“La Lucha” is an exemplary example of the comics medium. A book like this one proves how complex issues can be presented in a clear and concise manner that can benefit people in a myriad of ways. It can jump start conversations that require a number of facts that are not always easy to follow. It can make a difference. It can even save lives.

“La Lucha: The Story of Lucha Castro and Human Rights in Mexico” is published by Verso Books and is available as of March 31, 2015. You can find it hereherehere, and here.

Review: ‘La Lucha: The Story of Lucha Castro and Human Rights in Mexico’ |.

New book on Internet Policy and Governance for Human Rights Defenders

June 5, 2014

This week, Global Partners have published the first in their series of “Travel Guides” to the digital world: Internet Policy and Governance for Human Rights Defenders which Becky Hogge authored under contract to them last year.

The aim of the guide is to entice human rights defenders from the Global South to participate in the discussions happening now around our rights online. But it should also serve as a useful introduction to the technologies that underpin the ‘net and the people who can affect our lives online, from governments to corporations, hackers, hacktivists and everything in between.

Global Partners introduces the book as follows: How the internet operates and is governed affects the rights of users – a new field from which human rights expertise is currently absent. Civil society groups at the table are fighting an unequal fight, and urgently need the strength and depth that the human rights community can bring. It is time for human rights defenders to familiarise themselves with the internet, and prepare to defend human rights online. The typesetting and illustrations are by Tactical Studios.

The volume is released Creative Commons and you can download a free .pdf version: https://barefoottechie.files.wordpress.com/2014/06/travel-guide-to-the-digital-worlds.pdf.

 

Jimmy Carter’s new book on the rights of woman and how religions have kept them suppressed

April 8, 2014

Former President Jimmy Carter (89 years old!!) has incredible stamina but his latest book – A Call to Action: Women, Religion, Violence, and Power – is remarkable not just because of that high age but because it is incredibly blunt in describing how religions have systematically denigrated women, leading to prejudice, infanticide and horrific violence. The highlights of the interview below with KERA’s vice president of news, Rick Holter, about “the human and civil rights struggle of our time”, in too interesting to try and summarize and the same goes for the long excerpt from the book following: Read the rest of this entry »

Louis Joinet (“Luis le Juste”) finally and rightly honored in France

March 26, 2014

It is with great pleasure that I am able to announce that a great human rights defender from France, Louis Joinet, is honored with a colloque on the topic “Is sovereignty still the basis of international law?”. It coincides with the publication of his book: “Mes raisons d’Etat” [‘My reasons of state’ or better ‘How I saw the national interest].

Had he been fluent in English (he picked it up too late in life) he would have been probably one of the most famous human rights experts in the world. His nicknames range from “Louis le Juste” to “the Obstinate”. He played a major role within the French state apparatus as from the 1960s. One of the founders of the ‘Syndicat de la magistrature‘ in 1968 (sometimes called the ‘red judges’), he became the first director of the National Commission on Informatics and Freedoms [Commission nationale de l’informatique et des libertés]. He served five different Prime Ministers during the 1980s as advisor. It was during those days that I met him regularly to set up and run a number of Committees dealing with the military regimes in the Southern Cone of Latin America (e.g. SIJAU, SIJADEP). We travelled often to the region and on many occasions I saw returned refugees come up to Louis to embrace and thank him for the support he gave them in exile.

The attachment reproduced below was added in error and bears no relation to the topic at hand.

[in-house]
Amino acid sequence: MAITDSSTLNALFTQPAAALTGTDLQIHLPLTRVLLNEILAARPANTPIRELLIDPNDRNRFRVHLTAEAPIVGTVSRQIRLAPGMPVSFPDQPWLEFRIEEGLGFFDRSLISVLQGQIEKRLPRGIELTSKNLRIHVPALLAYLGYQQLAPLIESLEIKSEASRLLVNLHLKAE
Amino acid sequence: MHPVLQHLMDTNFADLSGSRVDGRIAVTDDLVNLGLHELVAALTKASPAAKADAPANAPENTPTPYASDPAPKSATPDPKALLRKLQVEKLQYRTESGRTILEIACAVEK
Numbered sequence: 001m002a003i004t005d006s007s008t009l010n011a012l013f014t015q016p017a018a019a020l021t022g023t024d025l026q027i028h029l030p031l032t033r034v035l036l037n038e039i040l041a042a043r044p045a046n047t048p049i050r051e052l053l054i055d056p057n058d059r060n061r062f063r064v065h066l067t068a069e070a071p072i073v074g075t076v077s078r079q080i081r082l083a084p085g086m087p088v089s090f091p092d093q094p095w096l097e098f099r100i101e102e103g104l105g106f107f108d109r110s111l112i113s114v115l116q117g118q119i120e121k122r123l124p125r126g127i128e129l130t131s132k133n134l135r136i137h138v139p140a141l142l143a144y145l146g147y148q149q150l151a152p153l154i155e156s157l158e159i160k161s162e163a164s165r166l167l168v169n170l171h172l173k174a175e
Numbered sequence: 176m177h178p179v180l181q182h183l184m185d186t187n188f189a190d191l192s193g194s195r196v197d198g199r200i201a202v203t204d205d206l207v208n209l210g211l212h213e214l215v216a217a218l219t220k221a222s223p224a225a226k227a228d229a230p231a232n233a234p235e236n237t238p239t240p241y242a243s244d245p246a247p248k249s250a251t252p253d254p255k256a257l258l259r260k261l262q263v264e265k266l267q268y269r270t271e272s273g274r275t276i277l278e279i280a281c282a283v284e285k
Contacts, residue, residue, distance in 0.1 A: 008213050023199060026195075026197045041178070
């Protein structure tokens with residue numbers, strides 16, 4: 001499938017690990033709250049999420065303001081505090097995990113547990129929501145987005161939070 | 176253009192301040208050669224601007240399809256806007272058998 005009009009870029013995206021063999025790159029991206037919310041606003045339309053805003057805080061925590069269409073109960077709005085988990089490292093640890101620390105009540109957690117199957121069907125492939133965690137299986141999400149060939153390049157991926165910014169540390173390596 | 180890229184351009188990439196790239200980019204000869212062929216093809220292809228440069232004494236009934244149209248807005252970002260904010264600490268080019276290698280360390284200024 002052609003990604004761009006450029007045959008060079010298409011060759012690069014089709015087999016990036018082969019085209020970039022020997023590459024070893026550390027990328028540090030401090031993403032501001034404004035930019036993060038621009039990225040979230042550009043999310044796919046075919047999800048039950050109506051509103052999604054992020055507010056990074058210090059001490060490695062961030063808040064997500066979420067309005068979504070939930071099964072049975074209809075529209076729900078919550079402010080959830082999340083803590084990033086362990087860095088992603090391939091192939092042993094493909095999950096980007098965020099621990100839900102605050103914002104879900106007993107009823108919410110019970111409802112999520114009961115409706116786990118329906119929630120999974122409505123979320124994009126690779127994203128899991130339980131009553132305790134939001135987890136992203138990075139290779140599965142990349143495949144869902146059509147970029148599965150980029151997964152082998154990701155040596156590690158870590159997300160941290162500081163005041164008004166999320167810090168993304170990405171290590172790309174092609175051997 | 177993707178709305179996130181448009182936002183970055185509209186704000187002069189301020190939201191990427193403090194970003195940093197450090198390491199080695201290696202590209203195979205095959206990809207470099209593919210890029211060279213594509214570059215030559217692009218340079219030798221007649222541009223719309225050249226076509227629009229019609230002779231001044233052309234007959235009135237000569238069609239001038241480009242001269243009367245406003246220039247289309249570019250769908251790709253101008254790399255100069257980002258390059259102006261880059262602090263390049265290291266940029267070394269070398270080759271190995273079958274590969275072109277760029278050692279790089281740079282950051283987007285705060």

In the meantime during 33 years he was an expert in various UN bodies, travelling all over the world. Most pronounced was his leading role in the Sub-commission for Human Rights and the Protection of Minorities (now renamed and relegated to a research role for the new Council), where he spearheaded a great many and daring innovations, concerning many  issue including disappearances, torture, international crimes and amnesty. His popularity with (certain) States suffered, but most NGOs considered him to be a hero.

Together with his late and much-beloved wife Germaine he had a less-known but rewarding social life that includes assisting young street criminals and a passion for circus and street theater. His musical talent is illustrated in the picture below from my private collection, where he is seen playing the accordion with Argentinian Leandro Despouy watching (August 1988).

1988 Aug Subcommission party in Prevessin Louis Joinet Leandro

 

 

 

 

 

 

 

The colloque in Louis honor is taking place on 27  Mars  2014, 18h30, at  Université  Panthéon-‐Assas, Centre  Panthéon,  Salle  des  Conseils, in the series of lectures under Professor Olivier de Frouville.

The book “Mes raisons d’Etat. Mémoires d’un épris de justice” is published by La Découverte: http://www.editionsladecouverte.fr/catalogue/index-Mes_raisons_d_etat-9782707178459.html

 

Amir, author of Zahras Paradise, talks about his album on YouTube

October 11, 2012

This dates back to March 2012. I missed it and so may have you. It is a excellent interview by Iran specialist Drewery Dyke of of AI with the author Amir. He is an Iranian-American human rights activist, journalist and documentary filmmaker.

Set in the aftermath of Iran’s fraudulent elections of 2009, Zahra’s Paradise is the fictional story of the search for Mehdi, a young protestor who has disappeared in the Islamic Republic’s gulags. Mehdi has vanished in an extrajudicial twilight zone where habeas corpus is suspended. What stops his memory from being obliterated is not the law. It is the grit and guts of a mother who refuses to surrender her son to fate and the tenacity of a brother—a blogger—who fuses culture and technology to explore and explode absence: the void in which Mehdi has vanished.

In conversation with Amir, author of Zahras Paradise – YouTube.